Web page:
Condensation & damp
Condensation is caused by the air in your home being too wet. Air always contains a certain amount of water. The warmer the air the more it can hold. When the air is cooler, moisture is released to surfaces such as windows, walls and mirrors.
What causes condensation?
There are three main causes:
- Too much moisture is produced in your home
- Not enough ventilation for air to move around
- Your home/room is too cold
What can I do to reduce condensation?
Ventilation: make sure all vents are open. Never block up or cover air bricks, flues or ventilators.
Windows: whenever possible, open your windows slightly to air your home. Where fitted, keep the trickle vents open on your windows.
Outside: remove any items such as bicycles and bin bags from against your home. These items prevent ventilation and sunlight from warming the walls.
Kitchen: when washing clothes or cooking keep the door closed and open windows. Keep lids on pans when cooking and use extractor fans where fitted.
Heating: keep your home warm. Warm air can hold more moisture causing less condensation to form on surfaces. This is particularly important in the winter months as the colder weather can reduce the temperature in your home much quicker. If you’re not sure how to use the heating controls in your home ask us for an information pack.
Bathroom: run the cold water for a bath before the hot water. Close the bathroom door and open the window while filling to reduce the spread of steam. Use the extractor fan where fitted.
Furniture: leave a gap between your furniture and outside walls. Do not over-fill wardrobes, cupboards and chests of drawers as this creates air pockets. Avoid putting mattresses directly on the floor.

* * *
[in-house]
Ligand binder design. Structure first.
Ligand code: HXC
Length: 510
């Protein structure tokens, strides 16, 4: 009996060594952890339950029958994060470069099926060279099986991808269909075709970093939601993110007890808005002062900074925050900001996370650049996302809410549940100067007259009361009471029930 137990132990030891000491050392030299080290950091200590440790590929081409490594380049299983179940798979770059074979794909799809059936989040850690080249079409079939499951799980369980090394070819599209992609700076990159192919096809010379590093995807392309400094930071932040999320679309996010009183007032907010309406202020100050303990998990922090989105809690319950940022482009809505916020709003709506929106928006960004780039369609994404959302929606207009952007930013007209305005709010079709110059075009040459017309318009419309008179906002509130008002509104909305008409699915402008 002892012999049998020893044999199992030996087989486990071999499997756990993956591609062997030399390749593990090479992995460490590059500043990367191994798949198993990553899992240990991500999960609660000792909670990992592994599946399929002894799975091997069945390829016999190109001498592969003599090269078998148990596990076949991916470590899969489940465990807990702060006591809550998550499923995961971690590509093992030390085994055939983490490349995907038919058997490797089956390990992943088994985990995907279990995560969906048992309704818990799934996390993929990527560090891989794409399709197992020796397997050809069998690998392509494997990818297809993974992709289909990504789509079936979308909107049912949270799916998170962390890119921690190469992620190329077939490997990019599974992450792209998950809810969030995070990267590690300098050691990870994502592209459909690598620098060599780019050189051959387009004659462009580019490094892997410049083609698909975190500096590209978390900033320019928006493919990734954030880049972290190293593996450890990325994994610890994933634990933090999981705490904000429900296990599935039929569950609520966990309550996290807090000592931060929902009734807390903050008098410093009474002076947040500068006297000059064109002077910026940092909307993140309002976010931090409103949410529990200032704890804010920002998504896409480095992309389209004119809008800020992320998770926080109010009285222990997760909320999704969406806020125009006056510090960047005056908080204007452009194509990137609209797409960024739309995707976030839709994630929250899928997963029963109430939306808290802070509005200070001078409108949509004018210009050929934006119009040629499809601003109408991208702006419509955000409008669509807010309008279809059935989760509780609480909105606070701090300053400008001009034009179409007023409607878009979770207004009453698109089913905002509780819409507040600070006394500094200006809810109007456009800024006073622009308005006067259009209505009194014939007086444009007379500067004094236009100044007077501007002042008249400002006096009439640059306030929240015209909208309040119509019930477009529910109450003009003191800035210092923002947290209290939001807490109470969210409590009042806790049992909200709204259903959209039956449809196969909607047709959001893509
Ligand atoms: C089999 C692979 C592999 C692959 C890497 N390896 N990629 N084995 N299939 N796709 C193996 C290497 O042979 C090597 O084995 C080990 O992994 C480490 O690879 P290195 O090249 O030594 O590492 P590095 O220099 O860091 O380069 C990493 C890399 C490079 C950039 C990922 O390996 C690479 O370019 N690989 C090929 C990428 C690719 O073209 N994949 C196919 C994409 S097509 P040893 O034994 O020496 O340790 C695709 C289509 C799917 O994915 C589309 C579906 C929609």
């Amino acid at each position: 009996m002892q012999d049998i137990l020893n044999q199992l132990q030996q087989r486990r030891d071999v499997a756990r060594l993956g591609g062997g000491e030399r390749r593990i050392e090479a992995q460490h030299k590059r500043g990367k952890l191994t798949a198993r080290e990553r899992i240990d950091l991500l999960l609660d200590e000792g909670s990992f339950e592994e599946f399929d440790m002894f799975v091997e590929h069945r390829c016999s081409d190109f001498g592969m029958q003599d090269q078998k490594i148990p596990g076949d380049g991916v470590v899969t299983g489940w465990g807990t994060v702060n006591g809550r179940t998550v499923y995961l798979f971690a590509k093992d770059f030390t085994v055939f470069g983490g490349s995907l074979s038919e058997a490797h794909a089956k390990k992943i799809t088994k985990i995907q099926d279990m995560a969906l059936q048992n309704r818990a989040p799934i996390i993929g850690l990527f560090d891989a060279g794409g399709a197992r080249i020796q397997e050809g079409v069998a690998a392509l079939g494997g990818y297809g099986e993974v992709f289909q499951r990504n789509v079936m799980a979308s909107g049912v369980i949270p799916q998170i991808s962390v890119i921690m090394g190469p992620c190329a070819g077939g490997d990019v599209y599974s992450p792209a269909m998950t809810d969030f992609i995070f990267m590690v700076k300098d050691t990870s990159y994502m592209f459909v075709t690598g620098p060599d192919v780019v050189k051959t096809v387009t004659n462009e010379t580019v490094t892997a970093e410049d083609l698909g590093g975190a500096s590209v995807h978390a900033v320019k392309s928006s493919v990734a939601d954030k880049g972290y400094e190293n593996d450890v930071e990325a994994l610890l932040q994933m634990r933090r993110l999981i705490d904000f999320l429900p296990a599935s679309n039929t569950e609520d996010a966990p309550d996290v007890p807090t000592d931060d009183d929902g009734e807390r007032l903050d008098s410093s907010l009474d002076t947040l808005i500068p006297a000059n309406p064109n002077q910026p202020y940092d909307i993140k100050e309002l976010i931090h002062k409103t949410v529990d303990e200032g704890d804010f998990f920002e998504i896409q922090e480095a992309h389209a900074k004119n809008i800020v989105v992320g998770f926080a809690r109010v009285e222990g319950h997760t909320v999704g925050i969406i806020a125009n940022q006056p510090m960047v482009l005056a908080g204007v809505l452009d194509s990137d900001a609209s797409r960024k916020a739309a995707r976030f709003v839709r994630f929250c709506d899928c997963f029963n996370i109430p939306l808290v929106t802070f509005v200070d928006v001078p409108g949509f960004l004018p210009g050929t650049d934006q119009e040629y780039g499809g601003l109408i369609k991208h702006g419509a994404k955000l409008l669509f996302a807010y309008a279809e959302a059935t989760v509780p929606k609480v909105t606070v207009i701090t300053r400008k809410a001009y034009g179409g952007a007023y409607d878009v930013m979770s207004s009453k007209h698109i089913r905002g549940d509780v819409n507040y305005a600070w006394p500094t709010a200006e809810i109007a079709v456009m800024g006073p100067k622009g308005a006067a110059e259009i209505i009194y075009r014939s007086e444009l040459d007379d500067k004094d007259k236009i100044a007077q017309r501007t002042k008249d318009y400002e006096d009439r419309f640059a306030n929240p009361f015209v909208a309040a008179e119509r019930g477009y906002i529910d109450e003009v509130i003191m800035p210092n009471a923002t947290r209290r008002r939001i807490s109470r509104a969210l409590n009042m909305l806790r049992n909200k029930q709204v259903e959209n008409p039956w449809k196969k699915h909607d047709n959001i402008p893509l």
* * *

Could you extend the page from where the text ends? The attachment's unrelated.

Drying clothes: when the weather allows, always dry your clothes outside. If you use a tumble dryer, make sure the moist air is piped outside. Do not dry clothes on radiators. Instead place them on a clothes rack in a cool room with the door closed, window open and extractor fan on where possible.
Loft: for safety reasons, and to avoid blocking ventilation or damaging loft insulation you shouldn’t access the loft.
What should I do if I see mould is forming?
Condensation can cause mould. Mould takes the appearance of small black, grey or green spots on the wall or other surfaces in your home. If you find mould then complete the following steps:
1. Wash the affected area thoroughly. Use non-ammonia soap or detergent, or a commercial cleaner in hot water and scrub the entire area affected. Use a stiff brush or cleaning pad on uneven surfaces.
2.Rinse and dry. Use a damp cloth to rinse any residual detergent off the treated surface.
3. Disinfection. Only use disinfectant once you complete steps 1 and 2. Use a fungicidal product and wash the affected surface. Follow the instructions carefully including all safety guidance.
4. If you have one available, use a fan heater until the area is completely dried out.
I've done all of the above but mould continues to be a problem:
If you have tried all of the things mentioned to reduce condensation but you are still finding mould growth, please contact Curo. We’ll visit your home within seven days to assess the problem. After the inspection or survey, we’ll write to you to tell you about the findings and the course of action required to resolve the problem.